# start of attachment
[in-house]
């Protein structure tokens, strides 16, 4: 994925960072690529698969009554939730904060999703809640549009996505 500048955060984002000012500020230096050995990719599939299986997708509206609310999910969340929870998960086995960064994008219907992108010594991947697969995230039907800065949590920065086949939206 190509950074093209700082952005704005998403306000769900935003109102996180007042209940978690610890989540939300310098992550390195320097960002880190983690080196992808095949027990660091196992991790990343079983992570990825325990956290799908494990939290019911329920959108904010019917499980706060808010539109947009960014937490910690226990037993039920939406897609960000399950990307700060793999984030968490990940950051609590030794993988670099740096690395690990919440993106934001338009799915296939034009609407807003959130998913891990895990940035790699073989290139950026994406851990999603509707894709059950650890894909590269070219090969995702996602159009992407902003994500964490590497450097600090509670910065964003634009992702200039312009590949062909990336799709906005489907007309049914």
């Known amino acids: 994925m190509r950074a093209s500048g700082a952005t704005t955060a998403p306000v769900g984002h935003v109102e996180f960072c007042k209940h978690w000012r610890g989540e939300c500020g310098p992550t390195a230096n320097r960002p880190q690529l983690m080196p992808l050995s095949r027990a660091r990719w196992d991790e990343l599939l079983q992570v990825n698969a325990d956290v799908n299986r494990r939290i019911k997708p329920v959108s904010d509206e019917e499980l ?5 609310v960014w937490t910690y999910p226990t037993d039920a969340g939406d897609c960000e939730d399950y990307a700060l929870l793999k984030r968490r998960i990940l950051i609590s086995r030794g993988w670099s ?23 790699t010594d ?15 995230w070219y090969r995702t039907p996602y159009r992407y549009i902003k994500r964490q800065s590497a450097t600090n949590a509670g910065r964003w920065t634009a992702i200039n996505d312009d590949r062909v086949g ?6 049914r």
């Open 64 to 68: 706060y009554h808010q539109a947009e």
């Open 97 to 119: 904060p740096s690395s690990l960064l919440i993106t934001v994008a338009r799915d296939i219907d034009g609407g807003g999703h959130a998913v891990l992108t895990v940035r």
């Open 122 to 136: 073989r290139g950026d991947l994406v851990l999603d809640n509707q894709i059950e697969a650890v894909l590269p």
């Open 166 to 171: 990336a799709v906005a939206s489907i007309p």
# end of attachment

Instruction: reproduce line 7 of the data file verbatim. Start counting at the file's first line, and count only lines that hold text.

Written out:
């Open 166 to 171: 990336a799709v906005a939206s489907i007309p």